2. Paper Girls (Image) - Written by Brian K. Vaughan; Art by Cliff Chiang. 

Before the kids from Stranger Things hit Netflix, there were the Paper Girls. Just by a few months a least.

I am constantly in awe of Brian K. Vaughan. Whether it be some of my favorite books like Y, the Last Man or The Runaways, or even one that I am not as crazy about but admire like Saga, he is always at the top of his game. The dude can straight up tell a story. He knows how to unfold everything perfectly, he's witty, and he consistently writes compelling characters.

Paper Girls is more of the same. It sees paper delivery girls in the 1980s that are confronted by some kind of weird goings on that may be aliens, may be from the future, they just don't know. Vaughan takes you to places you don't expect, and it turns about being the best adventure of the year.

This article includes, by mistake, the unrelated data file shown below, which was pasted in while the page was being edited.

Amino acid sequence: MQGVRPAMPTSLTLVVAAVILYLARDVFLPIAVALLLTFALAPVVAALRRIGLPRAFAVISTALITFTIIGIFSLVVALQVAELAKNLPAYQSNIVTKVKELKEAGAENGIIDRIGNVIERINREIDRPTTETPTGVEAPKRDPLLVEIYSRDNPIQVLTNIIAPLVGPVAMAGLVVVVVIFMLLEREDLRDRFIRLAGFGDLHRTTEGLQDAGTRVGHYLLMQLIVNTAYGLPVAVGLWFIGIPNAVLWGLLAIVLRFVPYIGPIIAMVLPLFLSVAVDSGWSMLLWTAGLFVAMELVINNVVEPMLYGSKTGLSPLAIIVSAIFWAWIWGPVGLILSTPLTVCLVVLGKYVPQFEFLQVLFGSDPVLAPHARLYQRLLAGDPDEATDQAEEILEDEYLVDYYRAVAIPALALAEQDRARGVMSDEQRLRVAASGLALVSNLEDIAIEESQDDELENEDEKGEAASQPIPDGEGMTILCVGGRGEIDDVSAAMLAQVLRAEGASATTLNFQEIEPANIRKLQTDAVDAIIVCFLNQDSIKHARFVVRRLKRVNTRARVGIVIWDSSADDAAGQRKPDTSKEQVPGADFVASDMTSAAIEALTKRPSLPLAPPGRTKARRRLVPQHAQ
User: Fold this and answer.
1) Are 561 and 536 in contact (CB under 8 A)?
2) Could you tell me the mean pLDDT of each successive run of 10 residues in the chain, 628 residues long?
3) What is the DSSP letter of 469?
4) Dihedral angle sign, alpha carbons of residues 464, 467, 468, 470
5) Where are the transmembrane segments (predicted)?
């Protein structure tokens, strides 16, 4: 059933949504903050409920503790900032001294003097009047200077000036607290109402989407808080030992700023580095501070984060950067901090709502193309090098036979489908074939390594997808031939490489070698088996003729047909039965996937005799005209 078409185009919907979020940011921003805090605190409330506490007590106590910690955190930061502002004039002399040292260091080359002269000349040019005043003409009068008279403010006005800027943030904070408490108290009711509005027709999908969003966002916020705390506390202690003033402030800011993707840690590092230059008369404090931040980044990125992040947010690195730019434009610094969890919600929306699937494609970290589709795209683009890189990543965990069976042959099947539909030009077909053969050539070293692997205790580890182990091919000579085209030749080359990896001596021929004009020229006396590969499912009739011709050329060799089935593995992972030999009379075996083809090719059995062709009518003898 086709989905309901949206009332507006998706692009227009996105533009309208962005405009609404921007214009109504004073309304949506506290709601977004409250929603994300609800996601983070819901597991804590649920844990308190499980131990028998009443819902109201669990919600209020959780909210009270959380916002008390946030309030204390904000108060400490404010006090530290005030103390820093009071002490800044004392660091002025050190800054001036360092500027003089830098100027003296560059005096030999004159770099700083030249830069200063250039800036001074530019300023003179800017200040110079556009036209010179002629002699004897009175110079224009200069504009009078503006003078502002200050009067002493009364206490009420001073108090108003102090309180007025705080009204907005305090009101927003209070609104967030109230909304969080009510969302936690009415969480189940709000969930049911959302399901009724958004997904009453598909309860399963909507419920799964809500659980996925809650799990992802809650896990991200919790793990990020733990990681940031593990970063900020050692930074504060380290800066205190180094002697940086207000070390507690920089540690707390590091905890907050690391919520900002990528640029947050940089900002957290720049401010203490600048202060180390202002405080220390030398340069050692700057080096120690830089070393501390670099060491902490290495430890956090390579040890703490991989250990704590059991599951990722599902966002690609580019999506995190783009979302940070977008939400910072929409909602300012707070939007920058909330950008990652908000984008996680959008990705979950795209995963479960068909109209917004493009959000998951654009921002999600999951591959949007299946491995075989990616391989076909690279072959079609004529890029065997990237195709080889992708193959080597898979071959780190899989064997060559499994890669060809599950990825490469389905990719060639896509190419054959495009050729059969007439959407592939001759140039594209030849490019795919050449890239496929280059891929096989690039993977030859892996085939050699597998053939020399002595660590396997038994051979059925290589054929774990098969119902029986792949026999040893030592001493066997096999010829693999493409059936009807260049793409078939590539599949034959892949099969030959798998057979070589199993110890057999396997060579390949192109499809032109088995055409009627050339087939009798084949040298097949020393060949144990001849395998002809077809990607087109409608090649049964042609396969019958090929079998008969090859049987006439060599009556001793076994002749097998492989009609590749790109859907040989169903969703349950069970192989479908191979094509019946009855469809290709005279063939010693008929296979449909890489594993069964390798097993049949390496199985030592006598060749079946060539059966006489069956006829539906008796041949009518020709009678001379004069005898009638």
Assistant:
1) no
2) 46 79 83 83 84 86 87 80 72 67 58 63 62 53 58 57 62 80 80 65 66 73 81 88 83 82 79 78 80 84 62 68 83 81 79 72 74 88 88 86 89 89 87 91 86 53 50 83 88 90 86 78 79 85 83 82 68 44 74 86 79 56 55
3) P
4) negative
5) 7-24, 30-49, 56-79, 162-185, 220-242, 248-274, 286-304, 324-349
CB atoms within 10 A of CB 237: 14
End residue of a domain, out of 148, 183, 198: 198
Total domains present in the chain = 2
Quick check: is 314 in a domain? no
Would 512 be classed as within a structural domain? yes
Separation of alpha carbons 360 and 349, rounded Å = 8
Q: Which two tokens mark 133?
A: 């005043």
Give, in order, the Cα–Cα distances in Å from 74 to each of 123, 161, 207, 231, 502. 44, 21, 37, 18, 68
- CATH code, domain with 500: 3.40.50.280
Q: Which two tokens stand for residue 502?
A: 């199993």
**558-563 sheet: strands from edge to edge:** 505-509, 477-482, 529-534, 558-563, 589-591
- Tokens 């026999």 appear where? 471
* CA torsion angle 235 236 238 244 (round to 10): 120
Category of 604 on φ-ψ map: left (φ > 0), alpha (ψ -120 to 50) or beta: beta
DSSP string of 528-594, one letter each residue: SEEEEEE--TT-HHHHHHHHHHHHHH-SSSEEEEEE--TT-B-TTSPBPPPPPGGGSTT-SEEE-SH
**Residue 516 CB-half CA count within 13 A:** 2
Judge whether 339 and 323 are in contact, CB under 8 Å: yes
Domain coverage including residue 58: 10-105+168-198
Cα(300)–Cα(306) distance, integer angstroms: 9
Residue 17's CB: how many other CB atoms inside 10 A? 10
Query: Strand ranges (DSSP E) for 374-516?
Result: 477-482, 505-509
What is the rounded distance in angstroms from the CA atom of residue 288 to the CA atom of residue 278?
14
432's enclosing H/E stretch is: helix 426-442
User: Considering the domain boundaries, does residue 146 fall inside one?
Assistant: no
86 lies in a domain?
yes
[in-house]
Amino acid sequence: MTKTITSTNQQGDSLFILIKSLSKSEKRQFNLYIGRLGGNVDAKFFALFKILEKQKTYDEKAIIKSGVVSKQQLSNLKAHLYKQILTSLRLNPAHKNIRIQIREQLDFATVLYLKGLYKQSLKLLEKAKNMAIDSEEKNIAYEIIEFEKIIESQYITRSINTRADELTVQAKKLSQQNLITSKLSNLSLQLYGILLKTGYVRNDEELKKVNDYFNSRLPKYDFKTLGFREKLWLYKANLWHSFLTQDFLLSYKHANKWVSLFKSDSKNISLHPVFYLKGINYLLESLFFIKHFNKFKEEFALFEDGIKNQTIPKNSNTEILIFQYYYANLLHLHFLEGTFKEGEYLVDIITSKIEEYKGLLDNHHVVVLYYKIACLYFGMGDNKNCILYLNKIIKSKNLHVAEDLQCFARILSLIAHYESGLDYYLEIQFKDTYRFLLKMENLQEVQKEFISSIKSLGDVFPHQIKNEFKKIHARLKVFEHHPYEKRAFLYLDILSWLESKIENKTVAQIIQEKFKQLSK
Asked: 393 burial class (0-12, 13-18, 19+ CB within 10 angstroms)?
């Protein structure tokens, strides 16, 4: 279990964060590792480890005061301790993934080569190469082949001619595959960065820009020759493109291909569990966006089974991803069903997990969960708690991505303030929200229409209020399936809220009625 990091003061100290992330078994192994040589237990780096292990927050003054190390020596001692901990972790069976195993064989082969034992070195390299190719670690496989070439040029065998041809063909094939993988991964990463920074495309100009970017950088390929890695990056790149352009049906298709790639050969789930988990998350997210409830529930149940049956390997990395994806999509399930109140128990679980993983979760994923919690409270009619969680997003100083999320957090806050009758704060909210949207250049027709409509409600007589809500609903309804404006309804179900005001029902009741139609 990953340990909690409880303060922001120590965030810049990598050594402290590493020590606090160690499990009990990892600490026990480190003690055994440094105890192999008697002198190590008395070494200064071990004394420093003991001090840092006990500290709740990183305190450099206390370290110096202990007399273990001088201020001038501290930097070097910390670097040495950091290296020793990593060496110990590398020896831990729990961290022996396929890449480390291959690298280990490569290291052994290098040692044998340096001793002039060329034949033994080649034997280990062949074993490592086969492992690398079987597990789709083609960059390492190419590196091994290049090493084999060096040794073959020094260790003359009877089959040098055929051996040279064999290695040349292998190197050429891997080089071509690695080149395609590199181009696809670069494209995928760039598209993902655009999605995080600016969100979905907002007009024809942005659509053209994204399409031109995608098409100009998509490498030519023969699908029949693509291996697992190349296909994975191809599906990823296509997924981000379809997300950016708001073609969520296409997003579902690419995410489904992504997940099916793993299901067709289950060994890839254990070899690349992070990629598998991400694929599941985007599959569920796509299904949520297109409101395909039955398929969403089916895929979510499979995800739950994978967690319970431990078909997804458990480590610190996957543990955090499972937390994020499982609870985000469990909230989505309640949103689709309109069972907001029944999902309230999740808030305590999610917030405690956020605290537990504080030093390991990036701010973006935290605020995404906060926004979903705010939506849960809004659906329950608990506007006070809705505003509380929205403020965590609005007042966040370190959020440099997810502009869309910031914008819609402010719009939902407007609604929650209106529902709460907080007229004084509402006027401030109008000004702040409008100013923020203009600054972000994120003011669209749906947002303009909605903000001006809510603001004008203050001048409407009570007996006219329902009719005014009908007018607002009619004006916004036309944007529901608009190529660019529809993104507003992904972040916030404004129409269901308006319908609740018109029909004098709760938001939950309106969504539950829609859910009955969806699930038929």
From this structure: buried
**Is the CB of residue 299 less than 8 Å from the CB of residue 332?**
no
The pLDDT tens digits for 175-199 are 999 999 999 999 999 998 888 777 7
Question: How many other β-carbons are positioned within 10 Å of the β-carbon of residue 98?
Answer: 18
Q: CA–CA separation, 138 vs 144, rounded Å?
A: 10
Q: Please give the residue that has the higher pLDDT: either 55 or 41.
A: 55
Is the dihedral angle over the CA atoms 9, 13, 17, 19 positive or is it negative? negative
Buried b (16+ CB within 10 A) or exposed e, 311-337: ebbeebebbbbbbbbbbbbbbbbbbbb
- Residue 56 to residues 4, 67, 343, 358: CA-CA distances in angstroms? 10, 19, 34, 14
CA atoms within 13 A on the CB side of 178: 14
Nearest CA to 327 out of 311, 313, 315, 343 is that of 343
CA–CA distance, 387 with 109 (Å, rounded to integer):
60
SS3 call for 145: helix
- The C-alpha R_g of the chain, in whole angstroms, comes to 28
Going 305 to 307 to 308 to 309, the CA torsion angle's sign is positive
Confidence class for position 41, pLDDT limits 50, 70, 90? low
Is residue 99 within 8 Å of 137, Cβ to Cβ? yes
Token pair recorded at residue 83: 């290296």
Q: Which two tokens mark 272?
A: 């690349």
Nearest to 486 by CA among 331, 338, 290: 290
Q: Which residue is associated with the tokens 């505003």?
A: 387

1. Vision (Marvel) - Written by Tom King; Art by Gabriel Hernandez Walta, Michael Walsh. 

Nothing made me feel the feels this year more than Tom King's masterpiece, Vision. It is heartbreaking, challenging and took the Marvel universe to a different place, one that was deeply, devastatingly emotional.

The gist of it is that Vision desperately wants to be human. To achieve that, he creates a family for himself and moves to the D.C. suburbs. He creates a wife named Virginia, then twin children Viv and Vin. What starts as a Pinocchio wanting to be a real boy scenario evolves into something much more. Since his family has the same powers as him, they have the same difficulty fitting into society. That struggle starts to show cracks and over 12 issues, King takes Vision's family into terribly sad places as they fall apart, unable to live in the real world. It makes it sink all the more for Vision that he isn't human, and he acts out.

Marvel has gotten good at taking lesser followed characters, putting them in an environment where they are more or less off the clock, and weaving great stories out of it. Hawkeye did it so well, one of my favorites from two years ago, but Vision is on another level. King has created something special, and it is the best comic of 2016.